But the renters at Monday’s meeting demanded to know whether Ryu will “stand up” to reinstate their blocks in the proposed HPOZ…and Duncan was non-committal. She said Ryu is an “adamant supporter” of rent-stabilized units and definitely supports the HPOZ as a “general concept.” But she also said he’s “still working toward the best version” of the proposal and has not yet decided which version of the proposed boundaries to support.
To help him decide, Duncan said Ryu is sending out a letter to several thousand CD4 residents in the proposed HPOZ area, providing accurate information about the HPOZ, what it would and wouldn’t regulate, and the options homeowners would have under the district’s comparatively flexible Preservation Plan (a revised version, created with input from both pro- and anti-HPOZ representatives, was released in December). The letter also addresses how HPOZs tend to affect property values, how HPOZs are the city’s only tool that can help preserve the historic architectural fabric of a neighborhood, and how they’re also the only tool to protect historic multi-family residences. (Other measures that address neighborhood character, such as current Interim Control Ordinances and the coming customizable R-1 designations, do not protect historic or multi-family buildings, only single-family homes.)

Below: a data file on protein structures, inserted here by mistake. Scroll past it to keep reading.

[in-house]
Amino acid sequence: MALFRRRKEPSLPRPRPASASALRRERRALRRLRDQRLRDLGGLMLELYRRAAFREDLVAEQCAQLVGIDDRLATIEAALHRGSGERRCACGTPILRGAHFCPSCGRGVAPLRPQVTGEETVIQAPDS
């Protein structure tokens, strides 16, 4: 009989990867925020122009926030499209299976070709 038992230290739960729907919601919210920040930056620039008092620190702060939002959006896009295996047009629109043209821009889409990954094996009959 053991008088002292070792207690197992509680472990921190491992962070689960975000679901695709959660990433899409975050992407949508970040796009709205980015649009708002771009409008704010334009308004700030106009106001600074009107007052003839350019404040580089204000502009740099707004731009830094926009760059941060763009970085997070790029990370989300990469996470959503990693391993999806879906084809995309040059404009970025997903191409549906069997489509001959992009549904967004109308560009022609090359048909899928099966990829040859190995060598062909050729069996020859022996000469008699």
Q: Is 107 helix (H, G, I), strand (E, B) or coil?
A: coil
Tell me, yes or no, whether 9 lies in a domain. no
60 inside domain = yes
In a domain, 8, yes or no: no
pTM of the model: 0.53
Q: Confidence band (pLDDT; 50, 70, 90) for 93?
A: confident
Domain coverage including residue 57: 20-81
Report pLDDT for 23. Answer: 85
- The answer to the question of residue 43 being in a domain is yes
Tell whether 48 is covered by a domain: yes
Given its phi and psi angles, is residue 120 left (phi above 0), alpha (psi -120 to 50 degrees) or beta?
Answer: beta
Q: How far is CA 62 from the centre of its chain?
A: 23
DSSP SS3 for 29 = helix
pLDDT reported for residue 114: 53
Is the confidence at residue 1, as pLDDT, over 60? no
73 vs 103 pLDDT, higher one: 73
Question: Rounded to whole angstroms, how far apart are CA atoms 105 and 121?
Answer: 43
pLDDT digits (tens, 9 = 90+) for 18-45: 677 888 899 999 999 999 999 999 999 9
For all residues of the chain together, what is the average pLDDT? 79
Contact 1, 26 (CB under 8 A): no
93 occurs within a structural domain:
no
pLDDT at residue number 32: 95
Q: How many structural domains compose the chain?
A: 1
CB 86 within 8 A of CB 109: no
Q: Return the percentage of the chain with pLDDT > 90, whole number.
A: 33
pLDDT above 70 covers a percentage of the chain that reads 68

Hixon and others at the meeting reported that Council Member Wesson is doing something similar with the corner of the proposed HPOZ area that lies in his district, except his letter is being sent only to property owners, not renters, and asks people to respond ONLY if they would like to support the HPOZ. Wesson’s letter says recipients who don’t reply will be counted as “opposed or neutral,” prompting several attendees to claim this is an unfair approach, and that people who don’t receive the letter, or who throw it away without reading it, may be counted as “no” votes when they might truly support the HPOZ. They also noted that Wesson’s letter excludes the voices of renters, which they insist should also be considered. In fact, said resident Kimberly Klein, the omission of renters by Wesson “has literally given the Triangle the middle finger.”